Aviation: British Airways Boeing 787 cargo plane suffers nose gear collapse at Heathrow Airport

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A British Airways cargo plane, has suffered a nose gear collapse at the ever busy Heathrow Airport.

The aircraft which is 8 years old with registration number G-ZBJB was seen at the airport with its forward fuselage resting on the ground

According to simpleflying.com, fire fighters and rescue officers were seen at the airside attending to the aircraft.

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The Dreamliner is equipped with 154 economy seats, 25 premium economy and 35 in the business class cabin.

According to data from FlightRadar24.com, the aircraft’s last commercial flight was on June 16th, when it arrived from Moscow (DME) to London Heathrow. This particular Dreamliner has been in use for cargo operations, and no passengers were onboard at the time of the incident.

The UK’s Air Accident Investigation Branch (AAIB) has posted a notice to advise that it is investigating what happened. It said:

“We have sent a team to London Heathrow to begin an investigation into an incident involving an aircraft that suffered a nose landing gear collapse whilst being loaded with cargo”

A statement from the airline sent to Simple Flying added further detail:
“A freighter aircraft has been damaged while stationary on stand. As a freighter-only aircraft, there were no passengers on board.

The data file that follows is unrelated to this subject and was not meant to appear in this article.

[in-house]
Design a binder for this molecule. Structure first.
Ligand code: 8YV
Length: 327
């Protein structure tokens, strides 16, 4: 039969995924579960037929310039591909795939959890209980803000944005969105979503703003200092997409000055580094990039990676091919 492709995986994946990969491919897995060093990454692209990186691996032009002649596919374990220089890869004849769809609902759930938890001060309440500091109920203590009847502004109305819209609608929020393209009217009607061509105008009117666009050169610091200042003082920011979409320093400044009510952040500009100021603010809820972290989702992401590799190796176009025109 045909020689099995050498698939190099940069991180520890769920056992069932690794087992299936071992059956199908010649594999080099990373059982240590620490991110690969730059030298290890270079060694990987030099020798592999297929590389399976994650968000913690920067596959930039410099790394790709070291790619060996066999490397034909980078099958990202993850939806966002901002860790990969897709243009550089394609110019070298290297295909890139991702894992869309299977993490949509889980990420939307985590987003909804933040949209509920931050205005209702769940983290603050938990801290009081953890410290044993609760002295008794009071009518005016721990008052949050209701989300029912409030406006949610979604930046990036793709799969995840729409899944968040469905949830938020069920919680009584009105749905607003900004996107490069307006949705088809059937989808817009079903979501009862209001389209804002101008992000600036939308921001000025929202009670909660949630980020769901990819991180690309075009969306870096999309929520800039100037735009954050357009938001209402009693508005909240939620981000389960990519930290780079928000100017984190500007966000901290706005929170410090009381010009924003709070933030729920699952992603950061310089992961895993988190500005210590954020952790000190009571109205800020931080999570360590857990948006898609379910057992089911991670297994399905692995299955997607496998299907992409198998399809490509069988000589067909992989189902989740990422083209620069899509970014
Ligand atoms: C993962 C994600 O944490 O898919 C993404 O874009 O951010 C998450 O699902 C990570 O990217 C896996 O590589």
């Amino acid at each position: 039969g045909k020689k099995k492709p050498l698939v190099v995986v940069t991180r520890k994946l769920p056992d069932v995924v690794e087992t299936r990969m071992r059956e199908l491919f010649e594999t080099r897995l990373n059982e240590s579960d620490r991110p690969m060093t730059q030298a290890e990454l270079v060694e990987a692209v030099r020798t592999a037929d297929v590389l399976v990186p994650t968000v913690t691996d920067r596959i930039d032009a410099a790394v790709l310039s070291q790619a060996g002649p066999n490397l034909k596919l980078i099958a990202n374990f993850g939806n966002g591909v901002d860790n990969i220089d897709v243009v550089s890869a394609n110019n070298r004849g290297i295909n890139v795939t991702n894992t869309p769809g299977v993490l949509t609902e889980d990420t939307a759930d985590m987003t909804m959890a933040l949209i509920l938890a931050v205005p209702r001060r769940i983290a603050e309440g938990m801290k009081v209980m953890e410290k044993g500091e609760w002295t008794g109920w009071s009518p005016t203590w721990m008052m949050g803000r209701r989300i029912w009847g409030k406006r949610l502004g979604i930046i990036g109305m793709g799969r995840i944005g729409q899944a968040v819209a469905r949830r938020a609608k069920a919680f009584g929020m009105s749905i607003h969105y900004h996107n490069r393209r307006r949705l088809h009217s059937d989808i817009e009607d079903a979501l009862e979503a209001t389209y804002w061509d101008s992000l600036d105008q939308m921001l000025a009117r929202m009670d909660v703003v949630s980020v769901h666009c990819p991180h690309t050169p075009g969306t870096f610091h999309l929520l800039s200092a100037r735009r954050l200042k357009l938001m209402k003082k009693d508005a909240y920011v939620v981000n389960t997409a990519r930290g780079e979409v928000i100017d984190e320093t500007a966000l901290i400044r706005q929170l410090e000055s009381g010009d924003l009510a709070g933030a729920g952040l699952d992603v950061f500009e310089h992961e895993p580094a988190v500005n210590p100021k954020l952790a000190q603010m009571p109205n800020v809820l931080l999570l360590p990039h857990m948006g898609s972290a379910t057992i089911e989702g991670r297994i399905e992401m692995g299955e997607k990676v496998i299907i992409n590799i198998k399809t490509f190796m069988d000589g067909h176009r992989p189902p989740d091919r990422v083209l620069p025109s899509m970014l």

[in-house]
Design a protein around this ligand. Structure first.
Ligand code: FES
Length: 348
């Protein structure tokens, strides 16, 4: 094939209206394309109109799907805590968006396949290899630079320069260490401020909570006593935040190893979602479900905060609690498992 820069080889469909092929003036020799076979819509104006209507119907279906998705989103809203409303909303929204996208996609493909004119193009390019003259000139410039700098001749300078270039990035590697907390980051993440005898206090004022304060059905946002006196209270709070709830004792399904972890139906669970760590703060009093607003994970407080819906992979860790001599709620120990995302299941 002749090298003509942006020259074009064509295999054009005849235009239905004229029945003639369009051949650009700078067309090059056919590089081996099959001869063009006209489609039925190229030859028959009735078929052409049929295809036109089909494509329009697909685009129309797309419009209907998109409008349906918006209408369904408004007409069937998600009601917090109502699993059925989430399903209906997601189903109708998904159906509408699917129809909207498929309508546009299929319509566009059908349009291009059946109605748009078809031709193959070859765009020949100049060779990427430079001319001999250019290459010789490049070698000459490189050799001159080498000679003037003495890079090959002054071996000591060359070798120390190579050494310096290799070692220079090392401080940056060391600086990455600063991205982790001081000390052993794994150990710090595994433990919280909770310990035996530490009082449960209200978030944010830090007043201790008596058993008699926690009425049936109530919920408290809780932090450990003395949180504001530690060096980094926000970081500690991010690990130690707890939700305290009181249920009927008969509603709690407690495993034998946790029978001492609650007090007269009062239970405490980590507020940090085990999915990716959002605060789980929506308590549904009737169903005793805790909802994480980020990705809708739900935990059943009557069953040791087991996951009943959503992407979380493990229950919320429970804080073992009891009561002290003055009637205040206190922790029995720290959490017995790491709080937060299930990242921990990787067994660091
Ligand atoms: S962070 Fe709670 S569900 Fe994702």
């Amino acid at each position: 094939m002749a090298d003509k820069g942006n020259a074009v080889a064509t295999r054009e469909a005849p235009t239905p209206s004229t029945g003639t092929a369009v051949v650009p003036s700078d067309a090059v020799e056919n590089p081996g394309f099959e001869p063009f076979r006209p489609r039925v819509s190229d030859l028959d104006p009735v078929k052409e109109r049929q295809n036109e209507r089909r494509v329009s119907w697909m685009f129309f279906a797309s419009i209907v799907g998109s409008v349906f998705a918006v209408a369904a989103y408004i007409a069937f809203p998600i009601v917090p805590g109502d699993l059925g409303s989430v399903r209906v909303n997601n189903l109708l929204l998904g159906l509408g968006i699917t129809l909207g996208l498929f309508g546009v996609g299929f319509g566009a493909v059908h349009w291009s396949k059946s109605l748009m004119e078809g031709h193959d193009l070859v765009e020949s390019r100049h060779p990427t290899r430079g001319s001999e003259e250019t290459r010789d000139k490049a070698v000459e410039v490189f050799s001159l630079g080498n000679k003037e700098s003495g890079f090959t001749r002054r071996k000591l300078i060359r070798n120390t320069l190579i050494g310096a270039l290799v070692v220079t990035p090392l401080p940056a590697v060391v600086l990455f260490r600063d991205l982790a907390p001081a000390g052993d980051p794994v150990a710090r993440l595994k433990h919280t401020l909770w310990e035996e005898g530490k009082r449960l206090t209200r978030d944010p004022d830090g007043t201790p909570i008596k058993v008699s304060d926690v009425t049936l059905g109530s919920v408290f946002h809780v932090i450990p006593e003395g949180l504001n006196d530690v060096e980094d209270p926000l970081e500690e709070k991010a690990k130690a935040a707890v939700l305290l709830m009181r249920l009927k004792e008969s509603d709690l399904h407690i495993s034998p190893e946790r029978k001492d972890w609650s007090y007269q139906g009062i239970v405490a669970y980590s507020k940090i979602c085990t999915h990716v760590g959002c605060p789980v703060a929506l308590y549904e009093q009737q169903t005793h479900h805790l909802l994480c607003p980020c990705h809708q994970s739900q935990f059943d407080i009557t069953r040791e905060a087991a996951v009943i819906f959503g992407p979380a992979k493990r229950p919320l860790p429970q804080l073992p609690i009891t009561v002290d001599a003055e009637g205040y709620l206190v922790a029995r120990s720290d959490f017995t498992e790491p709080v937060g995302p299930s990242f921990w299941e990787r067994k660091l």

“Safety is always our highest priority and we are investigating the matter.”

Although we don’t know the specifics of the incident yet, it seems that the aircraft was parked when it happened.

BA’s first 787
The sight of the Dreamliner nose down on the apron is doubly painful, considering it was the very first Dreamliner ever delivered to the airline. British Airways took delivery of four 787-8s in 2013, two in June and two in September. This was the very first of the batch.

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According to ch-aviation, further Dreamliners arrived in 2014, and the rest in 2017 and 2018. Today, BA operates a total of 12 787-8s, 10 of which are in active use at present. Alongside these, 18 787-9s are also in operation.

With restrictions from the UK making long-haul flying rather difficult, British Airways has been using many of these highly efficient aircraft primarily to carry cargo. Data from Cirium shows that the Dreamliner fleet operated 1,706 flights in the first quarter of the year, and in this second quarter already 1,806 flights have been performed.

While some of these services may have had passengers onboard, a high number would be relying on the record high cargo rates to make the services economical. In addition, some British Airways aircraft have also been operating on behalf of IAG Cargo, giving the cargo airline valuable extra capacity in these uncertain times.

 

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